Ford executive wants more smartphone apps to work in cars image

Automakers and tech companies are at a tipping point in making smartphones work safely inside a vehicle, according to a top Ford executive.

Jim Farley, Ford’s head of marketing and Lincoln said during his keynote speech at the Connected Car Conference at the Los Angeles Auto Show that there is still a large gap between what customers expect from a car and what it could be in their lives.

Ford has worked with Google and Microsoft for years, but tech companies often set software standards that are not always integrated safely into a vehicle, Farley said. The goal is to enable the customer to use their phones and the embedded vehicle controls seamlessly. To get there, “both the car companies and tech companies have to change,” Farley said.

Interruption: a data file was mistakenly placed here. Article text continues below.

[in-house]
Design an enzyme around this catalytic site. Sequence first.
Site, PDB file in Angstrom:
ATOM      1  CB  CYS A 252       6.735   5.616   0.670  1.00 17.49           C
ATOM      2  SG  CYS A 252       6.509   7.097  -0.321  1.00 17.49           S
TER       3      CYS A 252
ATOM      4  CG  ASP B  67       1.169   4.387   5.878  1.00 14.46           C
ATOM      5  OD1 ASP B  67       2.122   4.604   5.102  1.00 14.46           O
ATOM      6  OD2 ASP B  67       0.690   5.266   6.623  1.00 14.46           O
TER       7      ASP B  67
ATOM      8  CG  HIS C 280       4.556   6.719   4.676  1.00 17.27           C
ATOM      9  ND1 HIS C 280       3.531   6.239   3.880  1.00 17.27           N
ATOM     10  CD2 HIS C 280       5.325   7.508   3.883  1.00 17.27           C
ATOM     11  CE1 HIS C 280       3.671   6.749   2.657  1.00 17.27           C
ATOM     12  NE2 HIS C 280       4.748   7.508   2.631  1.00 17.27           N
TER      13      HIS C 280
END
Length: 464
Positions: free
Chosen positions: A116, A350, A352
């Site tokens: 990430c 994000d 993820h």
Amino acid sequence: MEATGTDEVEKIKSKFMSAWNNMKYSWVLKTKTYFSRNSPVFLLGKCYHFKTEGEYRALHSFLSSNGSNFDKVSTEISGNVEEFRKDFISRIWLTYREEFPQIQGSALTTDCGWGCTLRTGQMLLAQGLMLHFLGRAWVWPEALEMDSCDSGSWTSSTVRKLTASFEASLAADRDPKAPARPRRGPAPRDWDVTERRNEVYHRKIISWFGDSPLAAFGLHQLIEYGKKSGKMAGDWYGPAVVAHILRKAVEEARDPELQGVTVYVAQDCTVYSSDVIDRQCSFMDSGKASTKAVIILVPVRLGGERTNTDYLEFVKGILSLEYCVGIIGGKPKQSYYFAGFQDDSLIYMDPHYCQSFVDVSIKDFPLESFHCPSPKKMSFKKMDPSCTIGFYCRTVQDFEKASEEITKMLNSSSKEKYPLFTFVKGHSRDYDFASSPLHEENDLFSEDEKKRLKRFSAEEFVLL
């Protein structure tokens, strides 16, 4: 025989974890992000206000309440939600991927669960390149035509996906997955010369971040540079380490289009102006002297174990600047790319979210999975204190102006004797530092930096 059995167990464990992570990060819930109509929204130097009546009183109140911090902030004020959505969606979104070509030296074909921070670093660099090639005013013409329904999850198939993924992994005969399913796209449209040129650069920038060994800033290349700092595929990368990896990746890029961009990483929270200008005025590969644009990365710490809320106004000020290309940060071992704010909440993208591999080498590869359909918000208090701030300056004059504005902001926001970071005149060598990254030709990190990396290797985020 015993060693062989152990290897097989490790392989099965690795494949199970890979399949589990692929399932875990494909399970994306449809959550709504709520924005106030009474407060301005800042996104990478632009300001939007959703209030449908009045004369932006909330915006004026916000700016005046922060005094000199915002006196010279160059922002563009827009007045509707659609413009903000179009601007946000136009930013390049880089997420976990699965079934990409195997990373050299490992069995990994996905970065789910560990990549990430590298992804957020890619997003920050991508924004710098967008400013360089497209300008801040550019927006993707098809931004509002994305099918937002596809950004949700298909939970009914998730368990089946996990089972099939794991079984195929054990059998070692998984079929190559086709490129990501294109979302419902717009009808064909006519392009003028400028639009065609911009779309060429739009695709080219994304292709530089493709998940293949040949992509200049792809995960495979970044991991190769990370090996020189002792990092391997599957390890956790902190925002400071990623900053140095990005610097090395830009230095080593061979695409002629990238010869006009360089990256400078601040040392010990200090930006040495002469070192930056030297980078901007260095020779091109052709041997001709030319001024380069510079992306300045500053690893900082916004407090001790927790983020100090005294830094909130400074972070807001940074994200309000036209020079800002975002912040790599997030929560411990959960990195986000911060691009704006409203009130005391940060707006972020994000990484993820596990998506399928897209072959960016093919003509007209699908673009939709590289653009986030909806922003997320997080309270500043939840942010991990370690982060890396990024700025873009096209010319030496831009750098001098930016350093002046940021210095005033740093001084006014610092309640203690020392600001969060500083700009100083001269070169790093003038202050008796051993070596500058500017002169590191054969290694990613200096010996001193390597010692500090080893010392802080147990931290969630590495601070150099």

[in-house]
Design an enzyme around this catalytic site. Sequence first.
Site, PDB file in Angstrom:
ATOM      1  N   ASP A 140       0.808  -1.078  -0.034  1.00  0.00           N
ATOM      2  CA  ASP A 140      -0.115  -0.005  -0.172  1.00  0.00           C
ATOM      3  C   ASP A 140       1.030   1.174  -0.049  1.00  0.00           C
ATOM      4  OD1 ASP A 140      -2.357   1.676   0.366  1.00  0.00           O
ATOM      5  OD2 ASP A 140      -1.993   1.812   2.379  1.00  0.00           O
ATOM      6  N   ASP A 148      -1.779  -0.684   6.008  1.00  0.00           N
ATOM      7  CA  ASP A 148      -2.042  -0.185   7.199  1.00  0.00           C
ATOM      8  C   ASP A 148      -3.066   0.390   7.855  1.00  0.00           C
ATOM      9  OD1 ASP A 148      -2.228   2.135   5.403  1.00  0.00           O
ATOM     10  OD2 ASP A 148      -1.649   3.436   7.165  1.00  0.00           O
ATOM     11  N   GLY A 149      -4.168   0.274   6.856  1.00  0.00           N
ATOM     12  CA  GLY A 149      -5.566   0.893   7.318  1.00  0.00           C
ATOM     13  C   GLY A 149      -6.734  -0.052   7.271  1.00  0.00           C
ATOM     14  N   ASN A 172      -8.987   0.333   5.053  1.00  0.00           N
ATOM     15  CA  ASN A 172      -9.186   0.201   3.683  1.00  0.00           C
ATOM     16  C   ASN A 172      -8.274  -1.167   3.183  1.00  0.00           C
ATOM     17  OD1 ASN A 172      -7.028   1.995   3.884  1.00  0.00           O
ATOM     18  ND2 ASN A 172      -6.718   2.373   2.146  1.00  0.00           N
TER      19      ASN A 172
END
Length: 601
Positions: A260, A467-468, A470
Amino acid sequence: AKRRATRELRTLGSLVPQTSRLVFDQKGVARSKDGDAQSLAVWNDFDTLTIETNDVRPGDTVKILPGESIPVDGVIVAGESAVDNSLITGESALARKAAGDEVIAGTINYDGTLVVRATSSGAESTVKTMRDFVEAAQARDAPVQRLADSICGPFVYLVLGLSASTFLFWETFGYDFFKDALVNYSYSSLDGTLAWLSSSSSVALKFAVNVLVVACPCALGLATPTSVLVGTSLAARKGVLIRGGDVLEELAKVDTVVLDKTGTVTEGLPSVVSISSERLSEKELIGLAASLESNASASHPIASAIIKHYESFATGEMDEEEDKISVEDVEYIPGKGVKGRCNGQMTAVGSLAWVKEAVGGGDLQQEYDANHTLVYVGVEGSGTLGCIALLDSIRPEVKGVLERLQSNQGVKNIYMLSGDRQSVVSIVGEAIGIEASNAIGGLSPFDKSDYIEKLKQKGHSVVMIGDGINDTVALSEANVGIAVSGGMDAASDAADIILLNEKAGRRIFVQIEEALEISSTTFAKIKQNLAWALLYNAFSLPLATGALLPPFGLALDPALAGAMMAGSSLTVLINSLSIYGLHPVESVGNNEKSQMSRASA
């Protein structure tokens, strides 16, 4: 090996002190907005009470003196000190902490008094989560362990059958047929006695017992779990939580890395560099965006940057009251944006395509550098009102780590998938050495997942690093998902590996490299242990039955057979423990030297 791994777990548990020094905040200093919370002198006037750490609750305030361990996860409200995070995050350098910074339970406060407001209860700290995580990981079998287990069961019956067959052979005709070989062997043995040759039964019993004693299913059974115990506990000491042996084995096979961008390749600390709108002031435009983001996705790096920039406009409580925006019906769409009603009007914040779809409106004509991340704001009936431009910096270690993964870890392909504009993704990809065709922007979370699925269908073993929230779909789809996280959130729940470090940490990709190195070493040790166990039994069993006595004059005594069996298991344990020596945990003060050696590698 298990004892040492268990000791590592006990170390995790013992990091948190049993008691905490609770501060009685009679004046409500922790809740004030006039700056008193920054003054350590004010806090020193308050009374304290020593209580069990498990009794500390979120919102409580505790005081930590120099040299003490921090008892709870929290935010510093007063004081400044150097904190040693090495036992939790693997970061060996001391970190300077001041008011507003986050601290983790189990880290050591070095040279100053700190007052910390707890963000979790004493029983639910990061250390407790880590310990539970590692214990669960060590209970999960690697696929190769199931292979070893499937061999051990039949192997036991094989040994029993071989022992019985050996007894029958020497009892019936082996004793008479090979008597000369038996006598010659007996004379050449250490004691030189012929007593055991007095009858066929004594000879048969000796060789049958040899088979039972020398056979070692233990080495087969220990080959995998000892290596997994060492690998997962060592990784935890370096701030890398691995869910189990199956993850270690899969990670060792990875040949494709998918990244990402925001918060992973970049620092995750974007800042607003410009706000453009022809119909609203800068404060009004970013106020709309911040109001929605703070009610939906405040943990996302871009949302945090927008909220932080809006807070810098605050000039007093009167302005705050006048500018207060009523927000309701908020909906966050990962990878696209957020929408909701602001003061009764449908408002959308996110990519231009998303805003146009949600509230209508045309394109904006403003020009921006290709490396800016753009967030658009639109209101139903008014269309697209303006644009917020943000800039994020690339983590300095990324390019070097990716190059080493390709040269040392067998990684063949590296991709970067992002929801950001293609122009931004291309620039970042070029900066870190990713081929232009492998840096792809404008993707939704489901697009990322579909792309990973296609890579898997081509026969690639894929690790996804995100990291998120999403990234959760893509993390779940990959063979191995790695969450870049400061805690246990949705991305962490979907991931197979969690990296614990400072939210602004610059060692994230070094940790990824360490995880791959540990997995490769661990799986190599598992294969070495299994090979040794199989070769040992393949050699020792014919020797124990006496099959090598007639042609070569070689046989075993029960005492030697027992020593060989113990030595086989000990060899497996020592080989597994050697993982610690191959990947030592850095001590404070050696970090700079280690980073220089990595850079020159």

Maps on smartphones are very accurate but they have to be available in a manner that is safe to use in a car. Phones aren’t always connected and batteries can go dead, Farley said. To be competitive, Ford has to offer customers certain apps in their cars, Farley said. The disconnect comes because app developers often see the car as just another screen.